recipe lasagna OR souvlaki OR hamburgers
“class action” suit OR litigation OR lawsuit
Every web page has well-defined parts. Each has a unique address known as a uniform resource locator (URL), and most have a title, links to it, and text. Given that conscientious web designers take pains to put potentially valuable information in the title of a page, effective search results can be generated simply by telling Google to search just the titles. To do so, open the Advanced Search template by clicking on the gear icon and select “in the title of the page” from the box labeled “terms appearing:”.
To give you an idea of how this feature might be useful to litigators, imagine your client owns a famous trademark and wants to make sure that no one is peddling on the web counterfeit goods that infringe the mark. An ordinary Google search may reveal websites selling the illegal goods, but searching for the trademark text in the title of web pages will be more revealing.
“Surprise me” is not a phrase most lawyers use; all the ones I know hate to be blindsided. So to keep on top of developments and to save your fingers from hours of daily Google searching, set alerts on clients, cases, judges, companies, or whatever else you don’t want throwing you a surprise party. You specify the subjects that interest you at www.google.com/alerts. Use all the syntax controls from Google Search for precision in defining the alerts you want to receive, and then select news, websites, blogs, or all of the above. Current information will pour into your in-box without additional effort, for free.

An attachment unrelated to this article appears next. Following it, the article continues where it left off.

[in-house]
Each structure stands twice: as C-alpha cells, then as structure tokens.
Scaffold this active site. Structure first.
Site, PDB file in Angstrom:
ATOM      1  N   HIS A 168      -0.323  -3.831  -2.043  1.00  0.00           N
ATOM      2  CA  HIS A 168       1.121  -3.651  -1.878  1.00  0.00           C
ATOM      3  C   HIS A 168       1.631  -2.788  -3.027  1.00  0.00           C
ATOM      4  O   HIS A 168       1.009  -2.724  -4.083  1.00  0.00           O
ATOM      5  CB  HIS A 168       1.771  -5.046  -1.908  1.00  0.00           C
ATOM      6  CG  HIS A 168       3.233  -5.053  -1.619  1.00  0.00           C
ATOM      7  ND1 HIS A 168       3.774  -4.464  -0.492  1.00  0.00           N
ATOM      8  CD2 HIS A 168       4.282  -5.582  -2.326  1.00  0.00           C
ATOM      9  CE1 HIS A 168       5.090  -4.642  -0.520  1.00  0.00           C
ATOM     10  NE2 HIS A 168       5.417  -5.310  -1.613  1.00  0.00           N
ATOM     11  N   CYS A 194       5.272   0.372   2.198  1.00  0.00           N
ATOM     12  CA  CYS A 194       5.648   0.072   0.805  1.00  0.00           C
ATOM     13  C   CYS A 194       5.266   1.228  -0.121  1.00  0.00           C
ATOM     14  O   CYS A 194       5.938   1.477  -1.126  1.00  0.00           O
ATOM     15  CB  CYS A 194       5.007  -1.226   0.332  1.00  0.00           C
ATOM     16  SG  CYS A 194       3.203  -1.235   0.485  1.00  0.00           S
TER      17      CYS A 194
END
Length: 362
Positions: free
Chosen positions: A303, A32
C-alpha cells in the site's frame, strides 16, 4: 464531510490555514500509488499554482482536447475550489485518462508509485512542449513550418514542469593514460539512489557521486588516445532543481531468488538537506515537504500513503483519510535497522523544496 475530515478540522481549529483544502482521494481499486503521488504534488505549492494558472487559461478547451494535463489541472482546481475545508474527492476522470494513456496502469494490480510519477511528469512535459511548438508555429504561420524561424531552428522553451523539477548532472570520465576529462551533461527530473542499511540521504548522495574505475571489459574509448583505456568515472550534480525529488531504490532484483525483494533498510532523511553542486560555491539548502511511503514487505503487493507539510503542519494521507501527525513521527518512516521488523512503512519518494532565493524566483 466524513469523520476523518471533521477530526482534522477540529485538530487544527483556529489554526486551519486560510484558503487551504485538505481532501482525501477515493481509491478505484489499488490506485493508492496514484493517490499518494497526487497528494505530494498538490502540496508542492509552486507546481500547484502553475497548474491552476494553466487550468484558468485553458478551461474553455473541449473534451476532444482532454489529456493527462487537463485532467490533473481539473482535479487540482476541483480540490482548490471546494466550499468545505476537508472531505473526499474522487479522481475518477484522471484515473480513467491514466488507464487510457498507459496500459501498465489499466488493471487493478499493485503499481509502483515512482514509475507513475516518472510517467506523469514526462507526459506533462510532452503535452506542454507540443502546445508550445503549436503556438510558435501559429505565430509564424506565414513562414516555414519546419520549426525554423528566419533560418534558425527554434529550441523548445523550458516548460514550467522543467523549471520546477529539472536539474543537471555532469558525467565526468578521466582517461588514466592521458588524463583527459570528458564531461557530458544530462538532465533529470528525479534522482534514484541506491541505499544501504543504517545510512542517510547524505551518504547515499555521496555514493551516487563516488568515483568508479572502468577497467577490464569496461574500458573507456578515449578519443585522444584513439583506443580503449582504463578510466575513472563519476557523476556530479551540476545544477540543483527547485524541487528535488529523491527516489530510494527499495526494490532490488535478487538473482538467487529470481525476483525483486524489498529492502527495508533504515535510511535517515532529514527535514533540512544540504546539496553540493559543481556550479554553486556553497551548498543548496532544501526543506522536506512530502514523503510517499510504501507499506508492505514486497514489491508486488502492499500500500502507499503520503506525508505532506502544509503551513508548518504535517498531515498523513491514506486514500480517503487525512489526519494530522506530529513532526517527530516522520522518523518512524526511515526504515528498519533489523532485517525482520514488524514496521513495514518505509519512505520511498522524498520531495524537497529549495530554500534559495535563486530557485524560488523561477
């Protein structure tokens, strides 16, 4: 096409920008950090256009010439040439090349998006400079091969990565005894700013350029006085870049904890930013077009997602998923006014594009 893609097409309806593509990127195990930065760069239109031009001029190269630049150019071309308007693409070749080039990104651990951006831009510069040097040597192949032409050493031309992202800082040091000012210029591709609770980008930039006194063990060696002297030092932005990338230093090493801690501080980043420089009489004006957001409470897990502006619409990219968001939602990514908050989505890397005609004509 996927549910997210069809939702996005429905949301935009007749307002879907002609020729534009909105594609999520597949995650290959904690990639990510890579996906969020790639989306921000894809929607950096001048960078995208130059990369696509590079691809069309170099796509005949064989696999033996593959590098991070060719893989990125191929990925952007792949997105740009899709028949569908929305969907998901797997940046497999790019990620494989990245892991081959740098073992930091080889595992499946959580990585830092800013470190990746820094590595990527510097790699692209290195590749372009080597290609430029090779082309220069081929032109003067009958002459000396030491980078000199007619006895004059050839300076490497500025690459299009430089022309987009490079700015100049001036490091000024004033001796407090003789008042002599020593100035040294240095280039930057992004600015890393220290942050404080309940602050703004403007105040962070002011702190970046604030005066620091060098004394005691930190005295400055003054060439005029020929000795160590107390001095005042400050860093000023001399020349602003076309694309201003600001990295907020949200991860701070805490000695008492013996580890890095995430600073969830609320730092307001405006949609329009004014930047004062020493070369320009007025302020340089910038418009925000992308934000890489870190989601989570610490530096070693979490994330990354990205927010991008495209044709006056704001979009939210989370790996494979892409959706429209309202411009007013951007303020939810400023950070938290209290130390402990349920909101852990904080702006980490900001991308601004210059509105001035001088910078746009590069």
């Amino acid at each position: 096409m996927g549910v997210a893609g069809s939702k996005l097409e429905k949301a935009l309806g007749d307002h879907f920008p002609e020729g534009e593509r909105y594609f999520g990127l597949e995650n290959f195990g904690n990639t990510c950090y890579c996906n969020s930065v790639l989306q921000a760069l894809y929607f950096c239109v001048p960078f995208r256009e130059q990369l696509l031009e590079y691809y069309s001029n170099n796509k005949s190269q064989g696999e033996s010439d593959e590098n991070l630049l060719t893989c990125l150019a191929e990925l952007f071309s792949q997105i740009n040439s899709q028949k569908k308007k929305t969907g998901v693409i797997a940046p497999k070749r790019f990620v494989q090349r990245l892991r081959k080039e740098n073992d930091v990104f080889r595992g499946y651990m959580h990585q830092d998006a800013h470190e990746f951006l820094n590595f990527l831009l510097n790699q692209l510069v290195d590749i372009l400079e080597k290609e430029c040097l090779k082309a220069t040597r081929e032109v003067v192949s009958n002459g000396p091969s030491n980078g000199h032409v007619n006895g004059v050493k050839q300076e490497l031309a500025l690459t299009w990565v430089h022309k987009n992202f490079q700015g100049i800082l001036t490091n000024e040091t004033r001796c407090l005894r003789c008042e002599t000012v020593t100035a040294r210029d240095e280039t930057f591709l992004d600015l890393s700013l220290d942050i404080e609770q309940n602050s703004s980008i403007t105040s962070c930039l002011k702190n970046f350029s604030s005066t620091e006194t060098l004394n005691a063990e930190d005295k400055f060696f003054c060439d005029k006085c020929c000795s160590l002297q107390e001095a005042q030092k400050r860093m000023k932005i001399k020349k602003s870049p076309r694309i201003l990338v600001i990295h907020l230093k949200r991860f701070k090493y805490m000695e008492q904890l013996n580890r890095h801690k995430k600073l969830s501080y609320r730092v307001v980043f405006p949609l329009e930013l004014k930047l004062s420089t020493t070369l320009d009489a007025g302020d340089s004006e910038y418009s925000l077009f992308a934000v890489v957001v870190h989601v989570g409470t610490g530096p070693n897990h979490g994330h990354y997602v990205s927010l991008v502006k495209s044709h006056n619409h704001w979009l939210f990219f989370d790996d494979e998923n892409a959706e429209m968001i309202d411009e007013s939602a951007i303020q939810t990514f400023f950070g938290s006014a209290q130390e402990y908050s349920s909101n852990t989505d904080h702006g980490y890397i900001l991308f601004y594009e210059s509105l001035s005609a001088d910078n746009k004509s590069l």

Longtime Westlaw and Lexis users know that date restrictions on searches are a godsend. But Google users are too often content to wade through a hodgepodge of results with links to pages from all over the calendar. In those instances when you’re looking for materials published within a certain date range, trim away the irrelevant results by filtering by date, something that Google calls “Any time.”
After you run a search, refer to the left navigation pane on a results list where Google offers a list of time frames. The custom range is the most flexible method if you’re confident that the results you’re looking for appeared on the web between two specific dates. In any event, this tool will save you plenty of time, which you would have spent filtering links like Goldilocks, weeding out the ones that are too old from the ones that are too new in order to find the ones that are just right.
To find out the owners of a domain name, look up the “whois” record by searching whois [domain name]. For example, to see who owns the domain name www.microsoft.com, simply Google whois www.microsoft.com to retrieve the record.
Stuck for a definition? Can’t remember whether the word is spelled eleemosynary or ellemosynary? Type define: [word], as in define:barratry, to pull up the correct spelling and definitions from a wide range of online dictionaries.
By the way, “barratry” means “vexatious litigation.” Using these tools might make you feel less vexed.